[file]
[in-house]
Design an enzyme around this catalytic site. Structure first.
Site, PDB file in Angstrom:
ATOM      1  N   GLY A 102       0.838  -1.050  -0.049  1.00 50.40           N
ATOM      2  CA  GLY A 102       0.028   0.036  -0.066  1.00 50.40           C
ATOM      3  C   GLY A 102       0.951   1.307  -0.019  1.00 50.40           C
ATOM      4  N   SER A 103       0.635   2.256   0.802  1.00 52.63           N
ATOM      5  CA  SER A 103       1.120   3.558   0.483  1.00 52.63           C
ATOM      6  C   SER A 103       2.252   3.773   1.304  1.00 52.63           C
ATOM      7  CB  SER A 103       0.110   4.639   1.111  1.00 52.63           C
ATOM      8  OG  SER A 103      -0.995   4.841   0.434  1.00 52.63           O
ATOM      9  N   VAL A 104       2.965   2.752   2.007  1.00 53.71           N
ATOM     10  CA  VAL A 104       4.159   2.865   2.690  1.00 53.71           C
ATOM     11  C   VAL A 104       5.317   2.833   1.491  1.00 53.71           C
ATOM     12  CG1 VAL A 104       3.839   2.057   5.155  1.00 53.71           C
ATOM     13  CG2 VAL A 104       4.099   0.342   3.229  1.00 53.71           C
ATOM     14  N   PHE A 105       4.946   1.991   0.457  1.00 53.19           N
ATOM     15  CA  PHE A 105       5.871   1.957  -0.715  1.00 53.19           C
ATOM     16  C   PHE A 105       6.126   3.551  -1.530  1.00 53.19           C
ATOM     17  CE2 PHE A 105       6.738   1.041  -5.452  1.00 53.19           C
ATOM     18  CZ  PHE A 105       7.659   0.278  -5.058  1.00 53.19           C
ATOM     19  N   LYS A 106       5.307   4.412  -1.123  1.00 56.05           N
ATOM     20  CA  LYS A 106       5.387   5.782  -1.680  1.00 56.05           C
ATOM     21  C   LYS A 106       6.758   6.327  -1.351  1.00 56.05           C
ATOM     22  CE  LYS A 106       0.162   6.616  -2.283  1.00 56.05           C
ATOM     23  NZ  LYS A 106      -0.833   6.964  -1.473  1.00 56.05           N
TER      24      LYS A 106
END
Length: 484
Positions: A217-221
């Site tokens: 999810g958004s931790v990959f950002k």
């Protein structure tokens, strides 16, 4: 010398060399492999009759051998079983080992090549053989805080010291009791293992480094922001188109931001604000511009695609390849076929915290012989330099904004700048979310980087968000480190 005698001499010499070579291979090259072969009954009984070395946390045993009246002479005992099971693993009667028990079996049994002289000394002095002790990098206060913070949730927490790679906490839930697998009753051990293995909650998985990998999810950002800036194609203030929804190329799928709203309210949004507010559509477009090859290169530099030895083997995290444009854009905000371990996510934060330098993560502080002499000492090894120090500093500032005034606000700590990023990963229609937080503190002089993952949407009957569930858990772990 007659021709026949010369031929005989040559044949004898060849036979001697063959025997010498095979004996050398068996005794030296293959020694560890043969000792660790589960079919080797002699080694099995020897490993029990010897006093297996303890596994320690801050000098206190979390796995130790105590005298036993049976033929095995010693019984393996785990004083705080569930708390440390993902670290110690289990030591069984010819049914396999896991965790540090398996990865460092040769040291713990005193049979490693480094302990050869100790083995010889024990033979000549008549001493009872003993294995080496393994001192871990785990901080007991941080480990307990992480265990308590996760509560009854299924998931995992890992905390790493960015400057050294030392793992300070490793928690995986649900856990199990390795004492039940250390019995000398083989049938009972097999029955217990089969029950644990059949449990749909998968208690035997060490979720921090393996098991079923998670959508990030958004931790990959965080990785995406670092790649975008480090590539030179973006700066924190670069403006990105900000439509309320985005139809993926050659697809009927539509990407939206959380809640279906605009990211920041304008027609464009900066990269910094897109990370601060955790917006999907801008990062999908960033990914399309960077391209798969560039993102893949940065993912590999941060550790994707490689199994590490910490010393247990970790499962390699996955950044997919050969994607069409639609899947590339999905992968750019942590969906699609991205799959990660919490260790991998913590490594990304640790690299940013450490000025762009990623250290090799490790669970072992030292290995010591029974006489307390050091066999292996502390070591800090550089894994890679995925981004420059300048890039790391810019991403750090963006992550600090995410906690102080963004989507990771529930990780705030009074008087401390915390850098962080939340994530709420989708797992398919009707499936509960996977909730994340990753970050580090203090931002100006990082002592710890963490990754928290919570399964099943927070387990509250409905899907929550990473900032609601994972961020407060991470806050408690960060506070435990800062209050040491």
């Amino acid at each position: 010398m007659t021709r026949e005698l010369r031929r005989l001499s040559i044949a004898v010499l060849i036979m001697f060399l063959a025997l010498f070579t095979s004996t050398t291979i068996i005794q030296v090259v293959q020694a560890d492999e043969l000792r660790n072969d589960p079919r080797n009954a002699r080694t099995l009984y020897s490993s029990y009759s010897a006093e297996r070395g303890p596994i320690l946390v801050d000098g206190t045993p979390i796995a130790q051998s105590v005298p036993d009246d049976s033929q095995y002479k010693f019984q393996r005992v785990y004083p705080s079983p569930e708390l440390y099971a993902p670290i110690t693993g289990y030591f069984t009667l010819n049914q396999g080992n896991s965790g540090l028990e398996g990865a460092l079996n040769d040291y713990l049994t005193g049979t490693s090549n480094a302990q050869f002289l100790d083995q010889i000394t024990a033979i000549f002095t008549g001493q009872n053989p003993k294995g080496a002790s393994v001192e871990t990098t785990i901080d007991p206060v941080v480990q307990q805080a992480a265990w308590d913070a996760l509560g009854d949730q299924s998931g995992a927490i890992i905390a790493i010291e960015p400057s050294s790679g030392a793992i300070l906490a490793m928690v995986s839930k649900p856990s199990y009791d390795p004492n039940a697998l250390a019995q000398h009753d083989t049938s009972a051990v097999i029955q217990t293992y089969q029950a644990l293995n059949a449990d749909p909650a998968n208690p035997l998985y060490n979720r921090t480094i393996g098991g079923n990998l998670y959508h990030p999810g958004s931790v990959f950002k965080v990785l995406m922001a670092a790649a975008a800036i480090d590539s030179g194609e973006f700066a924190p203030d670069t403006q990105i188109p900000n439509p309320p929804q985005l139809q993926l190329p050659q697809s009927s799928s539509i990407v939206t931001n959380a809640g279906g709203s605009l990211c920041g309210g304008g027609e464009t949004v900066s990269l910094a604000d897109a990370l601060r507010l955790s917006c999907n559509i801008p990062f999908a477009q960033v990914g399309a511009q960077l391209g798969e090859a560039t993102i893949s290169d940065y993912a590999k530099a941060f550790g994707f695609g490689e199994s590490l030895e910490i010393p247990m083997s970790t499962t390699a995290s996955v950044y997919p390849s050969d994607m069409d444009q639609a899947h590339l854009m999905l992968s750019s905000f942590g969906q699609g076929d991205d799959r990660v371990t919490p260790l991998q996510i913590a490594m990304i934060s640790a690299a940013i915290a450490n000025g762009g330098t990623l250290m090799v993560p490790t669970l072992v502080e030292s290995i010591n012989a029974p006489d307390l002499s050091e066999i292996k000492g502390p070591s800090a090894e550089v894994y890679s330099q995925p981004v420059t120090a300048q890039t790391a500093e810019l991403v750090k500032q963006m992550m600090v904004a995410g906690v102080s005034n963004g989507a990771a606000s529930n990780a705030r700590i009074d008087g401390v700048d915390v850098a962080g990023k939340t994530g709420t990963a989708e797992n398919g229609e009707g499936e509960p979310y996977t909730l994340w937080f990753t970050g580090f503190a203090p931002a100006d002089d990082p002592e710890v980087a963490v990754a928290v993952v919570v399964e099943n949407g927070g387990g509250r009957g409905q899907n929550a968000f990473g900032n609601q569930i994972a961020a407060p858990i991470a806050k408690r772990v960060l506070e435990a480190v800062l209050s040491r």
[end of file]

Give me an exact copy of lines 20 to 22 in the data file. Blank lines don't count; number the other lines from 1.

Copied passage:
ATOM     17  CE2 PHE A 105       6.738   1.041  -5.452  1.00 53.19           C
ATOM     18  CZ  PHE A 105       7.659   0.278  -5.058  1.00 53.19           C
ATOM     19  N   LYS A 106       5.307   4.412  -1.123  1.00 56.05           N